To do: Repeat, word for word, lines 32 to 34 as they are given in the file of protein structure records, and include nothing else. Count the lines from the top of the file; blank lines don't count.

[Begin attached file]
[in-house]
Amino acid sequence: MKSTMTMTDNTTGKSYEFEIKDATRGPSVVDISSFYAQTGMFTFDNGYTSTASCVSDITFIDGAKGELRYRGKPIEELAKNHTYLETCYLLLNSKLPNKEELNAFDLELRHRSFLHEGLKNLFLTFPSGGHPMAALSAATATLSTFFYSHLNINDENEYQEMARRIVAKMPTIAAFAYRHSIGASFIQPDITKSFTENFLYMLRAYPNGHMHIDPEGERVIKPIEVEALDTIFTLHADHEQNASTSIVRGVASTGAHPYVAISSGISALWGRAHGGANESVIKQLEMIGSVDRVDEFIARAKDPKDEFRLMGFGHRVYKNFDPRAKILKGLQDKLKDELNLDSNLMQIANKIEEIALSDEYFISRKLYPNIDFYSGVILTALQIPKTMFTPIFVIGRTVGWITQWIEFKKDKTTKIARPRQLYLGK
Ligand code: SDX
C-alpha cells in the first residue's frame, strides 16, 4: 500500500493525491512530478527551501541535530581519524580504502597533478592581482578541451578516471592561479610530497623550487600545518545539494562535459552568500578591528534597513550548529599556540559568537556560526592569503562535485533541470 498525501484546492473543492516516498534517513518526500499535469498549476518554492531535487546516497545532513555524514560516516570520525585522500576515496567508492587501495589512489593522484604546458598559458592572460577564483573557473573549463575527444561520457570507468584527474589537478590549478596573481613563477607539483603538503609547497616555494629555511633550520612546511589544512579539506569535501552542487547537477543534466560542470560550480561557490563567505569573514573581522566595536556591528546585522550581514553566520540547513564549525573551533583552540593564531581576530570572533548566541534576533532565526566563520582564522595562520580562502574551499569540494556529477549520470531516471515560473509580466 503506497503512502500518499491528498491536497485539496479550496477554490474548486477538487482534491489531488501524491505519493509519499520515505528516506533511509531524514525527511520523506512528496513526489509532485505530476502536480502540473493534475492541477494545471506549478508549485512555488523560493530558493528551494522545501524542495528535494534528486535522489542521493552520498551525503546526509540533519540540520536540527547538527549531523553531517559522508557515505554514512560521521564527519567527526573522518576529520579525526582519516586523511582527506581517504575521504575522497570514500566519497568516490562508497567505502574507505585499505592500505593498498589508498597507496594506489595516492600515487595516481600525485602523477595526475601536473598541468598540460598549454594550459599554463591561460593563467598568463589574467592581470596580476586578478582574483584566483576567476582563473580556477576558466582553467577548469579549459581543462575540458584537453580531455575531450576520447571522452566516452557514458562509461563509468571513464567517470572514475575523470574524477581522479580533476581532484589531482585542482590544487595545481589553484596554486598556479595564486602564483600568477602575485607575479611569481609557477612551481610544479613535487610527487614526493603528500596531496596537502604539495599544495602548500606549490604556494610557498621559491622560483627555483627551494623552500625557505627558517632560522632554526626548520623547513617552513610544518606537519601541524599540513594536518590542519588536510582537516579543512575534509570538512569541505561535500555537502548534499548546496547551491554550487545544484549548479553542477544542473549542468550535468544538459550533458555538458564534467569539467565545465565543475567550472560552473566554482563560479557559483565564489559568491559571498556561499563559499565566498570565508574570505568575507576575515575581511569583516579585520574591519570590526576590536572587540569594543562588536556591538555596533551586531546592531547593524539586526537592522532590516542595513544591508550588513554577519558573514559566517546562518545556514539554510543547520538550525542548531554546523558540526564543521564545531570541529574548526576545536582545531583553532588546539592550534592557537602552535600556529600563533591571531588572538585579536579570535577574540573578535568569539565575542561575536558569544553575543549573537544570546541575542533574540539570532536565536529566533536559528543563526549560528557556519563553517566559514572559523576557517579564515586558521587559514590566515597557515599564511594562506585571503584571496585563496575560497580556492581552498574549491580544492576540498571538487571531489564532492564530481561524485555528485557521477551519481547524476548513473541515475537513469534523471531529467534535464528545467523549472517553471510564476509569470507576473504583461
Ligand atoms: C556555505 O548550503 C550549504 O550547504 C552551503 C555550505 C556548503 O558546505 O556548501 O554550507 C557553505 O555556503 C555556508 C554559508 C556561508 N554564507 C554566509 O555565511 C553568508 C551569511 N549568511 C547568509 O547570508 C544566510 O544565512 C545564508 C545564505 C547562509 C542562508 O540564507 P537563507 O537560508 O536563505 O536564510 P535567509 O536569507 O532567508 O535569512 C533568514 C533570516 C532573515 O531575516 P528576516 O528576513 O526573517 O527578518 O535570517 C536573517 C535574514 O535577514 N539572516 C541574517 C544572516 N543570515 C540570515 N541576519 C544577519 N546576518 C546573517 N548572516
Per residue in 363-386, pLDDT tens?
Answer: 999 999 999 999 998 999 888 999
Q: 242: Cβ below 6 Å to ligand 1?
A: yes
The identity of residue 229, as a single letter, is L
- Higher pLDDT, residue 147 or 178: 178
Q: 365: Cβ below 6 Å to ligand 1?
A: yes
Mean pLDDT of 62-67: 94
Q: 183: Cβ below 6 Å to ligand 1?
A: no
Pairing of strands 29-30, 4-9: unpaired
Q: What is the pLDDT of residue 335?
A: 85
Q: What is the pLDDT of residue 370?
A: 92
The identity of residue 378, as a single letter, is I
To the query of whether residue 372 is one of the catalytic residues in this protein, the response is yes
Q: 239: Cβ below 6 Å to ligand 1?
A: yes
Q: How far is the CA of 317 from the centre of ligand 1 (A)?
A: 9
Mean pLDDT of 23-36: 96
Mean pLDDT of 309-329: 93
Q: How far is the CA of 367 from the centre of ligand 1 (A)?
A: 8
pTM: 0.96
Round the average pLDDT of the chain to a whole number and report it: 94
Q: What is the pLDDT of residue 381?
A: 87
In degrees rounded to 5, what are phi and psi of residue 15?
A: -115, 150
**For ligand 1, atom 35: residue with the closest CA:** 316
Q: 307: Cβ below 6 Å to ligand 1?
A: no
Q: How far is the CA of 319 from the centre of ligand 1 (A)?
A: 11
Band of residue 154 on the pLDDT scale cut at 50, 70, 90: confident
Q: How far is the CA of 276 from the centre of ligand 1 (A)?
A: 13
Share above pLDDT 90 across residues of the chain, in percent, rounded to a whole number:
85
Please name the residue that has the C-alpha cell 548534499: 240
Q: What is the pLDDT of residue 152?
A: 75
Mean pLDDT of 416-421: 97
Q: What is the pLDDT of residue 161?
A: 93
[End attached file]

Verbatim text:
pTM: 0.96
Round the average pLDDT of the chain to a whole number and report it: 94
Q: What is the pLDDT of residue 381?